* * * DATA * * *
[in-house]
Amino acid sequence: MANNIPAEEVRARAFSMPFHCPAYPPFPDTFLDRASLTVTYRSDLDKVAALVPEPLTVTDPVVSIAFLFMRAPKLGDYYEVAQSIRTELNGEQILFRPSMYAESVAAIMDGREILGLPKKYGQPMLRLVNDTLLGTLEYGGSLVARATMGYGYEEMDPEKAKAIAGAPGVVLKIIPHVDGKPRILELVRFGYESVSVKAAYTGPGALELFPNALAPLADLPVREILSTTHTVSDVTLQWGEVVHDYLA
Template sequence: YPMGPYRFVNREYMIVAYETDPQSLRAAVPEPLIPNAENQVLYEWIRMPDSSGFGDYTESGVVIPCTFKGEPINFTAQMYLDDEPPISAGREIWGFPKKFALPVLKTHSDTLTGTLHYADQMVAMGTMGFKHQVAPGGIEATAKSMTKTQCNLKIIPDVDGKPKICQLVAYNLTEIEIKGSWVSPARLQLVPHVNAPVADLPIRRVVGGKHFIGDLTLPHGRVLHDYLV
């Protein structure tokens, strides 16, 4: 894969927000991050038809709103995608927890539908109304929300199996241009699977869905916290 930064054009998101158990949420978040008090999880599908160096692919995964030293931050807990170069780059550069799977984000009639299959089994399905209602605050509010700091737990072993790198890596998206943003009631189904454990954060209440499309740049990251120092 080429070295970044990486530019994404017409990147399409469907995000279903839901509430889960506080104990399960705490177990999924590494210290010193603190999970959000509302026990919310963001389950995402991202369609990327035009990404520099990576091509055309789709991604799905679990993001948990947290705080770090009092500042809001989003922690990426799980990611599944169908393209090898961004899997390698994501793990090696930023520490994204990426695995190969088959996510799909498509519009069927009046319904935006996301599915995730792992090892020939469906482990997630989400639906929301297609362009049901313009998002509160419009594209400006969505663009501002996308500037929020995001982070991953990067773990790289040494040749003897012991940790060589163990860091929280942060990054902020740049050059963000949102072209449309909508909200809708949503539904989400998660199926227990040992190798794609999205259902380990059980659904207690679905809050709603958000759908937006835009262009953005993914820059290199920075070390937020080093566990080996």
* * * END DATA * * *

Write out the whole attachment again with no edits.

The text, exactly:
[in-house]
Amino acid sequence: MANNIPAEEVRARAFSMPFHCPAYPPFPDTFLDRASLTVTYRSDLDKVAALVPEPLTVTDPVVSIAFLFMRAPKLGDYYEVAQSIRTELNGEQILFRPSMYAESVAAIMDGREILGLPKKYGQPMLRLVNDTLLGTLEYGGSLVARATMGYGYEEMDPEKAKAIAGAPGVVLKIIPHVDGKPRILELVRFGYESVSVKAAYTGPGALELFPNALAPLADLPVREILSTTHTVSDVTLQWGEVVHDYLA
Template sequence: YPMGPYRFVNREYMIVAYETDPQSLRAAVPEPLIPNAENQVLYEWIRMPDSSGFGDYTESGVVIPCTFKGEPINFTAQMYLDDEPPISAGREIWGFPKKFALPVLKTHSDTLTGTLHYADQMVAMGTMGFKHQVAPGGIEATAKSMTKTQCNLKIIPDVDGKPKICQLVAYNLTEIEIKGSWVSPARLQLVPHVNAPVADLPIRRVVGGKHFIGDLTLPHGRVLHDYLV
């Protein structure tokens, strides 16, 4: 894969927000991050038809709103995608927890539908109304929300199996241009699977869905916290 930064054009998101158990949420978040008090999880599908160096692919995964030293931050807990170069780059550069799977984000009639299959089994399905209602605050509010700091737990072993790198890596998206943003009631189904454990954060209440499309740049990251120092 080429070295970044990486530019994404017409990147399409469907995000279903839901509430889960506080104990399960705490177990999924590494210290010193603190999970959000509302026990919310963001389950995402991202369609990327035009990404520099990576091509055309789709991604799905679990993001948990947290705080770090009092500042809001989003922690990426799980990611599944169908393209090898961004899997390698994501793990090696930023520490994204990426695995190969088959996510799909498509519009069927009046319904935006996301599915995730792992090892020939469906482990997630989400639906929301297609362009049901313009998002509160419009594209400006969505663009501002996308500037929020995001982070991953990067773990790289040494040749003897012991940790060589163990860091929280942060990054902020740049050059963000949102072209449309909508909200809708949503539904989400998660199926227990040992190798794609999205259902380990059980659904207690679905809050709603958000759908937006835009262009953005993914820059290199920075070390937020080093566990080996």